For the opening of GIBCA Suzanne Farrin and Kirkegaard will premiere their composition, Ondes Corti!
The concert will take place at Folkteatern in Gothenburg on the 11th of September, 2015
Ondes Corti is a series for inner ear tones and ondes Martenot written by Jacob Kirkegaard and Suzanne Farrin. The musical materials are derived from tones produced by the ear itself projected through live electronics and in dialogue with one of the earliest electronic instruments: the ondes Martenot.
The ondes was first imagined at the top of the Eiffel Tower by Maurice Martenot, an engineering student and amateur cellist who was drafted during the First World War to work on radio transmissions. Depressed over the destruction, he had a vision that these tools could be transformed from destructive to beautiful. He dreamed of creating an instrument that could communicate directly with an audience with no impediment other than "the imagination of the performer." He eventually believed that the performer would be able to "think" an interpretation and the audience could receive the music telepathically. The result is an instrument that is an expressive, other-worldy machine and also the most technically advanced musical instrument of its time (the 1920s).
These expressive tones also exist within the ear itself and appear remarkably similar timbrally to sine waves. This musical fingerprint is the result of spontaneous otoacoustic emissions (SOAE)s, which are sounds that are generated in the Organ of Corti without external stimulation. They are perceptible, though often go unnoticed, and can be recorded with sensitive microphones. Like human sound signatures, they are a window to the immense diversity and richness of the human identity.
Ondes Corti will explore these inner and other worlds: what we create and what we are capable of receiving. These pieces will unearth the tones hidden in nearly every individual's ears and create musical poetry that exposes and embraces the sounds that connect us.
D E S C E N D I N G
Niels Lyhne Løkkegaard & Kirkegaard have joined forced creating their first collaboration. LIGHTS/ DESCENDING is a work for 13 horns.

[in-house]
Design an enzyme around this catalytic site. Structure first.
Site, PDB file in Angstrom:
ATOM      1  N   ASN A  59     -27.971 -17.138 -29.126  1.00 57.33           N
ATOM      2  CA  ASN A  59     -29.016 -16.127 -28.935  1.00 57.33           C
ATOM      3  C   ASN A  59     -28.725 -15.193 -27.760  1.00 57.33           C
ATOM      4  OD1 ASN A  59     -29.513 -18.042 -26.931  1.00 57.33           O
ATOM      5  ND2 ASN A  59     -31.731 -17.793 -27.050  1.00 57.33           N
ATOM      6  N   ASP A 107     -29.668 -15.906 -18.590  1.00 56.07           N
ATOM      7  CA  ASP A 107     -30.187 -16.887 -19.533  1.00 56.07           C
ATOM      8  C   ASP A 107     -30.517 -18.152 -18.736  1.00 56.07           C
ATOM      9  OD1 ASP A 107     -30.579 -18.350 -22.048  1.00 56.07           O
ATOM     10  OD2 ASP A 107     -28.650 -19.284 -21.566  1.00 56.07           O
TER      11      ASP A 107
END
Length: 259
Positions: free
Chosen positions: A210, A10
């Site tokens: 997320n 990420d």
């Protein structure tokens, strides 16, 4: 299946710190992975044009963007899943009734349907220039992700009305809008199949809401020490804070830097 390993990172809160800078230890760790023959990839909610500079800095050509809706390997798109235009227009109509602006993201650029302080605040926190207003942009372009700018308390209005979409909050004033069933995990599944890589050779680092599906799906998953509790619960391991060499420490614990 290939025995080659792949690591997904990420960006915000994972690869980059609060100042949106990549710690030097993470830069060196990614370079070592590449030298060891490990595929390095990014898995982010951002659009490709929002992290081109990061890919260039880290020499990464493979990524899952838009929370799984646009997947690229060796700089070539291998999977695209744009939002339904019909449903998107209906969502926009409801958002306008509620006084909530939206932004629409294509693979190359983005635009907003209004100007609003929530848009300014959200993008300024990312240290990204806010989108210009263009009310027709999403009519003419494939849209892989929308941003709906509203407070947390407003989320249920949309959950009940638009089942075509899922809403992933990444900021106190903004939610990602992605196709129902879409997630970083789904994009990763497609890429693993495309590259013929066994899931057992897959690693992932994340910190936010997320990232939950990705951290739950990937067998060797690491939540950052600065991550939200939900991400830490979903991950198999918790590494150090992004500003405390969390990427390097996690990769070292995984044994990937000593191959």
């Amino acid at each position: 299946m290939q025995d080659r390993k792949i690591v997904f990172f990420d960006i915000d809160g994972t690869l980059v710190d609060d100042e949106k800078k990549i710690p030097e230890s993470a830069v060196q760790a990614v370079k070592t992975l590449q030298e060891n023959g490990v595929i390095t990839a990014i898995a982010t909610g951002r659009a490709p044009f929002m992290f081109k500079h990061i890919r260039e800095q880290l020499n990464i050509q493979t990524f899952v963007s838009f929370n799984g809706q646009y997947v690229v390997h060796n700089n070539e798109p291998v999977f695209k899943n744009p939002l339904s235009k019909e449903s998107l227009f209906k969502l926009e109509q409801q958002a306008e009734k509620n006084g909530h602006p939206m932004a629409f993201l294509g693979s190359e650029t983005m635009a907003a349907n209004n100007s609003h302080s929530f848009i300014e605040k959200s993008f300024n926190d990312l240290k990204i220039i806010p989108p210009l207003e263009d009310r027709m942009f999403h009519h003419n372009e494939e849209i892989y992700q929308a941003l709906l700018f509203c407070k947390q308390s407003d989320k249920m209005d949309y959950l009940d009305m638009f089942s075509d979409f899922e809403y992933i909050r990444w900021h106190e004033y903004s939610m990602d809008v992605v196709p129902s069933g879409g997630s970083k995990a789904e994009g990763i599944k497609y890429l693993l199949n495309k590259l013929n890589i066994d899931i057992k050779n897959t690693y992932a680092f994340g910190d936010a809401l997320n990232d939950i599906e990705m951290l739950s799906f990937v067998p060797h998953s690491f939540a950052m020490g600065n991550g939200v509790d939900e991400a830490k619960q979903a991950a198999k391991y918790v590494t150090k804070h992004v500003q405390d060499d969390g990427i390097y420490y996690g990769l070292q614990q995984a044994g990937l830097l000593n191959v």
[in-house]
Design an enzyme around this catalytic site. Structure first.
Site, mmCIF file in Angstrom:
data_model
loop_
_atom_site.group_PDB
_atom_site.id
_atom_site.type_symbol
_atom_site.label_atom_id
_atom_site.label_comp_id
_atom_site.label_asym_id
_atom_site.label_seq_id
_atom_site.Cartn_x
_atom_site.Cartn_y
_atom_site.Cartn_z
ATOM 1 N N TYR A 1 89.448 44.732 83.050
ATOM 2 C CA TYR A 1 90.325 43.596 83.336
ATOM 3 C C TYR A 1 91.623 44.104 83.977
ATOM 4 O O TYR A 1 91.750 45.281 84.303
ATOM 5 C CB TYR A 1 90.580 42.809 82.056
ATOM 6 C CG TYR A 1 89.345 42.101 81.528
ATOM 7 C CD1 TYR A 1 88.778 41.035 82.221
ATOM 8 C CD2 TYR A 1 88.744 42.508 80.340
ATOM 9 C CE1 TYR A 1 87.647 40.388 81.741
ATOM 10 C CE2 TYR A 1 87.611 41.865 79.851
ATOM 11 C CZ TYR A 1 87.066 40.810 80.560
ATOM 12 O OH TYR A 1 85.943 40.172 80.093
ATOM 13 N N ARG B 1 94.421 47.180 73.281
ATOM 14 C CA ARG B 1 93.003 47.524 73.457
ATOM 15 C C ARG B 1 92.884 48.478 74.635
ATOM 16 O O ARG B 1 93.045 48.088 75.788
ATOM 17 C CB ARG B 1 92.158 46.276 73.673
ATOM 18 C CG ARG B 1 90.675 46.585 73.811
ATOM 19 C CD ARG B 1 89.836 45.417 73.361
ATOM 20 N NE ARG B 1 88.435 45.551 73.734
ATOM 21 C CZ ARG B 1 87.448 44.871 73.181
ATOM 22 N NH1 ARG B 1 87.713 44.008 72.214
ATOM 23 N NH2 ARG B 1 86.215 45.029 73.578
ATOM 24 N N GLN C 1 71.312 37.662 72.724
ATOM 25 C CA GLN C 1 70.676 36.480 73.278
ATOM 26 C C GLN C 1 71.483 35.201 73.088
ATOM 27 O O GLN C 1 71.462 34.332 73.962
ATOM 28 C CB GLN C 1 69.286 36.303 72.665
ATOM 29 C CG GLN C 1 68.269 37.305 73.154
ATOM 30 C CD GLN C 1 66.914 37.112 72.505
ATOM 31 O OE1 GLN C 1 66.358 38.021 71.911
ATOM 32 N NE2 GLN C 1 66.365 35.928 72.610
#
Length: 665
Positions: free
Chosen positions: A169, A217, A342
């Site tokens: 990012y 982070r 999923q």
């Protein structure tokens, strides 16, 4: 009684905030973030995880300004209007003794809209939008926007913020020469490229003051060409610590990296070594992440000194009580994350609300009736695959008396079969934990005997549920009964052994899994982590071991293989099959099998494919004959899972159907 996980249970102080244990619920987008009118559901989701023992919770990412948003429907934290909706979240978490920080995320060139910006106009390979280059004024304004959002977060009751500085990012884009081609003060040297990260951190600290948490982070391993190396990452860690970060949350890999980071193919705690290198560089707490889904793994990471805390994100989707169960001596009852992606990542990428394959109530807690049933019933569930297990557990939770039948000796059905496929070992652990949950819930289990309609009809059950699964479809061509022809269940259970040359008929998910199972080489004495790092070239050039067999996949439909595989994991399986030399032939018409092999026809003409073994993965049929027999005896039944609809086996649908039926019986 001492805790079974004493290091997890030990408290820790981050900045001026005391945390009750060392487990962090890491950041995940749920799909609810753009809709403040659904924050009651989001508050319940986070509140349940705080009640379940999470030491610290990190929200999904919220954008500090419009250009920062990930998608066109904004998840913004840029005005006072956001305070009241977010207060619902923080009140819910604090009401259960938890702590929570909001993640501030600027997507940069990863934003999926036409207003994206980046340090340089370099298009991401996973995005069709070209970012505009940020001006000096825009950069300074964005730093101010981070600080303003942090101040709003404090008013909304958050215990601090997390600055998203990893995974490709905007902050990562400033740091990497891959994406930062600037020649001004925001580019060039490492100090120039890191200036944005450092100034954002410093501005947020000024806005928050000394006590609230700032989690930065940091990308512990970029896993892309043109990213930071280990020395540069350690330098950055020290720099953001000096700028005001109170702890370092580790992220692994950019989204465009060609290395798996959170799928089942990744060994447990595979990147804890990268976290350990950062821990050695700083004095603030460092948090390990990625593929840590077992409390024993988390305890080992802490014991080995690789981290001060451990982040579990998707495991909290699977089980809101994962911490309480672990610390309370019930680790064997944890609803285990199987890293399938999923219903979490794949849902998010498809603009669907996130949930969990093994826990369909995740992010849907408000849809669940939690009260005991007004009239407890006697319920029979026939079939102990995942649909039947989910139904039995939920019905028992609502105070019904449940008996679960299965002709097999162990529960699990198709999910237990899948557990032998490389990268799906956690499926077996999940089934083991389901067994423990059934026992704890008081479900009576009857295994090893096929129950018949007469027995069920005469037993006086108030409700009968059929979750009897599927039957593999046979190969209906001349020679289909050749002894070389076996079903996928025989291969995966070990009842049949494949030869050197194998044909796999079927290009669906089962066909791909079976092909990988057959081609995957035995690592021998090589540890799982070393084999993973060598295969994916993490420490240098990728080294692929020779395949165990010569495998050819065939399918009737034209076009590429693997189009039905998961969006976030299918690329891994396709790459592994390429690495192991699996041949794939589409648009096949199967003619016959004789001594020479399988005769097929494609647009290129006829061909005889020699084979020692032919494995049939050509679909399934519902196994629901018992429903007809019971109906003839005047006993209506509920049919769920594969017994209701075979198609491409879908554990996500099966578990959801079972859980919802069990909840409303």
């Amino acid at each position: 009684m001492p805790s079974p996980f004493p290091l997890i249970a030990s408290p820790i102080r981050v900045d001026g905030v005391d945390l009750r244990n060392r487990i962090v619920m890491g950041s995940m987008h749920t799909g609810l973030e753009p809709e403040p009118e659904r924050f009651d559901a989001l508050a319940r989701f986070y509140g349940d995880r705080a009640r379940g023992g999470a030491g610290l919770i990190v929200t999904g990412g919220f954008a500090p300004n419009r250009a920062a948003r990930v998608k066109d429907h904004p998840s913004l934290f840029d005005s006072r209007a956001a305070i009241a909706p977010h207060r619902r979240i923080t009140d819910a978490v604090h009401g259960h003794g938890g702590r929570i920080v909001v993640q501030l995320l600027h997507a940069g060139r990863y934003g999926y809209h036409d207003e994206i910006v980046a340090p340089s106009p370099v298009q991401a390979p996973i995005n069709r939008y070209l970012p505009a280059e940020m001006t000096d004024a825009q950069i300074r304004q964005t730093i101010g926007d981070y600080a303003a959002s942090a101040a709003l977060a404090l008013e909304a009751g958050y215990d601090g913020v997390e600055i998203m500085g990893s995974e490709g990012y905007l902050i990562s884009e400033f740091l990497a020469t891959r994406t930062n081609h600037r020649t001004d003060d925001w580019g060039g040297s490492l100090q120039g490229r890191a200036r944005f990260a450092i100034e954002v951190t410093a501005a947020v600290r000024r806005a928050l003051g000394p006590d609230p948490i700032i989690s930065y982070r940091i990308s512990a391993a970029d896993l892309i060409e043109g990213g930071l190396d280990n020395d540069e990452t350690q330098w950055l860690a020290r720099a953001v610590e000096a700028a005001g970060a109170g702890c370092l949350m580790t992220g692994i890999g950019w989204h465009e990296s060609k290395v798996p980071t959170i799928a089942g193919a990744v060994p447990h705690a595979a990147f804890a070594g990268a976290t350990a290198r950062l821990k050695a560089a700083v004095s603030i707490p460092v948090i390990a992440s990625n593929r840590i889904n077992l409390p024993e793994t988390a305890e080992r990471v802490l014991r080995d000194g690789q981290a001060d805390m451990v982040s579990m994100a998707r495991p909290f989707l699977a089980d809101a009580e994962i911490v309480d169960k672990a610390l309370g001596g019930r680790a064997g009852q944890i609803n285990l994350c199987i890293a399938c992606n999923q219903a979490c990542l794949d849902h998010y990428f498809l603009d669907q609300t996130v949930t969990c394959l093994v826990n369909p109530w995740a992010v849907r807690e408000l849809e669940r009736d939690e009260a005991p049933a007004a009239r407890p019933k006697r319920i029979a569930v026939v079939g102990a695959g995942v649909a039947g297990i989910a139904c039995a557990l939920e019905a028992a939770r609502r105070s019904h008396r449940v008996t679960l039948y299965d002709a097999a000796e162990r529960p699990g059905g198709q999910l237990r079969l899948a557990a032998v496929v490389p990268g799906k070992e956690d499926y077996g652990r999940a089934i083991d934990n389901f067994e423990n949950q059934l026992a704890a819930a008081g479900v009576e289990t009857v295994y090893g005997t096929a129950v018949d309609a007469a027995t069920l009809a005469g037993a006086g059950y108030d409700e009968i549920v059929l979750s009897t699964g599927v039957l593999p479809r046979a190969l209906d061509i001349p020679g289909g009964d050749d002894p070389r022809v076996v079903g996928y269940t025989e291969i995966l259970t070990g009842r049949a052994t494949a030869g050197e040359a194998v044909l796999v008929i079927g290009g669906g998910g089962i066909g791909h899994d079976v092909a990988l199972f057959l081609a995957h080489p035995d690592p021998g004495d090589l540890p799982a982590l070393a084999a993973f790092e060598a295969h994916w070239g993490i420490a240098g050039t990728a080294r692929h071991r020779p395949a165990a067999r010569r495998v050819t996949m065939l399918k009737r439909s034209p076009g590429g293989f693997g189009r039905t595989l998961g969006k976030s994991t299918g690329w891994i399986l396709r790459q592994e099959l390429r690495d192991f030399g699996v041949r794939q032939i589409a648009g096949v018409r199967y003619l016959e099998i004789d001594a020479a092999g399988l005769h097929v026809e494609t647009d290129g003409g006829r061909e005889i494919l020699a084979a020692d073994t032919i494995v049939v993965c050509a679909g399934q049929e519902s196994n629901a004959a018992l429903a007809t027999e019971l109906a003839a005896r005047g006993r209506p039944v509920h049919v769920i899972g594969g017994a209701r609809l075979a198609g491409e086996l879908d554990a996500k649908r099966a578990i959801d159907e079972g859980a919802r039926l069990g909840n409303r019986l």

Premiered live at Dokk1 in Aarhus, Denmark on the 29th of august 2015
H O U S E O F M A R E
Great Gifts Of Chance
with Andreas Albrectsen, William S. Burroughs, Claus Carstensen, Lars Christensen, Jacob Kirkegaard, Henrik Menné, Julie Nord, Niki de Saint Phalle, Richard Serra, Steve Reich & Torben Ulrich. Live at the opening night (Aug 14th): Steve Reich's Pendulum Music. First performed in 1969 at the Whitney Museum, New York Richard Serra, James Tenney, Steve Reich, Bruce Nauman and Michael Snow. Exhibition at Gallery Tom Christoffersen, Copenhagen, 14.8 - 19.9.2015
Germany · 2015 · DCP · Color and Black & White · 70' · o.v. no dialogue
This film consists of footage appropriated from Israeli fiction films shot in Jaffa
Focusing beyond actors and invented narratives, this film portraits the people and spaces caught in the background
The sound used in this film was recorded in Jaffa in 2015
Director: Kamal Aljafari · Cinematography: Kamal Aljafari ·
Field recordings and Soundtrack: Jacob Kirkegaard · Animation: Daniel Franke
Artist in residency in Greece:
SONIC TOPOGRAPHIES organized by IMPLODE
Ilios - Ancient Theatre of Eretria
Jacob Kirkegaard - Euripus Strait
Georgia Kotretsos - Medieval Castle of Casteli
Yiorgis Sakellariou - Ancient Temple of Artemis (Aulis)
Euripus Strait - Jacob Kirkegaard
The Euripus Strait, is a narrow channel of water separating the Greek island of Evoia in the Aegean Sea from Veotia in mainland Greece. The distance between Evoia island and mainland is consider to be one of the nearest in the world (40 meters). The strait is subject to strong tidal currents which reverse direction approximately four times a day. Tidal flows are very weak in the Eastern Mediterranean, but this strait is a remarkable exception. Water flow peaks at about 12 km/hour, either northwards or southwards,